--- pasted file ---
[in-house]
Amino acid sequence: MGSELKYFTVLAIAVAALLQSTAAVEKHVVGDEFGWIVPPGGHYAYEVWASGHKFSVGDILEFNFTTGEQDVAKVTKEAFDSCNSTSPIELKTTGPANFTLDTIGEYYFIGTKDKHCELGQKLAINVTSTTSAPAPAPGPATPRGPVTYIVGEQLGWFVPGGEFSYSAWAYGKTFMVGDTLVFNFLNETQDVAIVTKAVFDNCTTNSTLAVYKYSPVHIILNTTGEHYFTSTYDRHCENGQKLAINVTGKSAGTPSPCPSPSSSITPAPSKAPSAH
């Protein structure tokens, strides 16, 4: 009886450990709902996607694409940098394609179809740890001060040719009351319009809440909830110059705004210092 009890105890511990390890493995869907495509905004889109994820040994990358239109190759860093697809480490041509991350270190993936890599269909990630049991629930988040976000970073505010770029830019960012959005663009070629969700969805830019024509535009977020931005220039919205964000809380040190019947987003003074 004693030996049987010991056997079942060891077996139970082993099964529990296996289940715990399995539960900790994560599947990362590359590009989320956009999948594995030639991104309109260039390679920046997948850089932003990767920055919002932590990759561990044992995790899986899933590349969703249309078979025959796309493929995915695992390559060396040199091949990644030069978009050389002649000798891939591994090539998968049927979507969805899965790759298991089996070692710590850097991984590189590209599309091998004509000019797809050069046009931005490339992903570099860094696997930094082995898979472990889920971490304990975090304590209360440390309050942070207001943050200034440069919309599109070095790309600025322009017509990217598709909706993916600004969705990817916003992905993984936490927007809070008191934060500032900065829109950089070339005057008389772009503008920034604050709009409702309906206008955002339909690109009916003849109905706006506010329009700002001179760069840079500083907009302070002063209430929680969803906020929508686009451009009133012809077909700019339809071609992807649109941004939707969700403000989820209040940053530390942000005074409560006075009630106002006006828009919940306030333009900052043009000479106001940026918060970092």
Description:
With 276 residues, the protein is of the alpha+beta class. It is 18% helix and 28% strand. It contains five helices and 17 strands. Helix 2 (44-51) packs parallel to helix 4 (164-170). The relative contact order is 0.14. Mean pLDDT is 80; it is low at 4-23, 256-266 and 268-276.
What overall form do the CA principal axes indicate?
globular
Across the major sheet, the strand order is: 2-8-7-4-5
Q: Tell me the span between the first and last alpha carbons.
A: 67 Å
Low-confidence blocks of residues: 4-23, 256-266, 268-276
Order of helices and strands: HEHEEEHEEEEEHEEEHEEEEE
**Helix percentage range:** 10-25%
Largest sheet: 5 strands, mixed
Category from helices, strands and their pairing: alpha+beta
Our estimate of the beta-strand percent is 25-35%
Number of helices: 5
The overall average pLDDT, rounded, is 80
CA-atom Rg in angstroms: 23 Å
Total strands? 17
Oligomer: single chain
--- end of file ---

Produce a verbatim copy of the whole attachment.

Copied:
[in-house]
Amino acid sequence: MGSELKYFTVLAIAVAALLQSTAAVEKHVVGDEFGWIVPPGGHYAYEVWASGHKFSVGDILEFNFTTGEQDVAKVTKEAFDSCNSTSPIELKTTGPANFTLDTIGEYYFIGTKDKHCELGQKLAINVTSTTSAPAPAPGPATPRGPVTYIVGEQLGWFVPGGEFSYSAWAYGKTFMVGDTLVFNFLNETQDVAIVTKAVFDNCTTNSTLAVYKYSPVHIILNTTGEHYFTSTYDRHCENGQKLAINVTGKSAGTPSPCPSPSSSITPAPSKAPSAH
């Protein structure tokens, strides 16, 4: 009886450990709902996607694409940098394609179809740890001060040719009351319009809440909830110059705004210092 009890105890511990390890493995869907495509905004889109994820040994990358239109190759860093697809480490041509991350270190993936890599269909990630049991629930988040976000970073505010770029830019960012959005663009070629969700969805830019024509535009977020931005220039919205964000809380040190019947987003003074 004693030996049987010991056997079942060891077996139970082993099964529990296996289940715990399995539960900790994560599947990362590359590009989320956009999948594995030639991104309109260039390679920046997948850089932003990767920055919002932590990759561990044992995790899986899933590349969703249309078979025959796309493929995915695992390559060396040199091949990644030069978009050389002649000798891939591994090539998968049927979507969805899965790759298991089996070692710590850097991984590189590209599309091998004509000019797809050069046009931005490339992903570099860094696997930094082995898979472990889920971490304990975090304590209360440390309050942070207001943050200034440069919309599109070095790309600025322009017509990217598709909706993916600004969705990817916003992905993984936490927007809070008191934060500032900065829109950089070339005057008389772009503008920034604050709009409702309906206008955002339909690109009916003849109905706006506010329009700002001179760069840079500083907009302070002063209430929680969803906020929508686009451009009133012809077909700019339809071609992807649109941004939707969700403000989820209040940053530390942000005074409560006075009630106002006006828009919940306030333009900052043009000479106001940026918060970092």
Description:
With 276 residues, the protein is of the alpha+beta class. It is 18% helix and 28% strand. It contains five helices and 17 strands. Helix 2 (44-51) packs parallel to helix 4 (164-170). The relative contact order is 0.14. Mean pLDDT is 80; it is low at 4-23, 256-266 and 268-276.
What overall form do the CA principal axes indicate?
globular
Across the major sheet, the strand order is: 2-8-7-4-5
Q: Tell me the span between the first and last alpha carbons.
A: 67 Å
Low-confidence blocks of residues: 4-23, 256-266, 268-276
Order of helices and strands: HEHEEEHEEEEEHEEEHEEEEE
**Helix percentage range:** 10-25%
Largest sheet: 5 strands, mixed
Category from helices, strands and their pairing: alpha+beta
Our estimate of the beta-strand percent is 25-35%
Number of helices: 5
The overall average pLDDT, rounded, is 80
CA-atom Rg in angstroms: 23 Å
Total strands? 17
Oligomer: single chain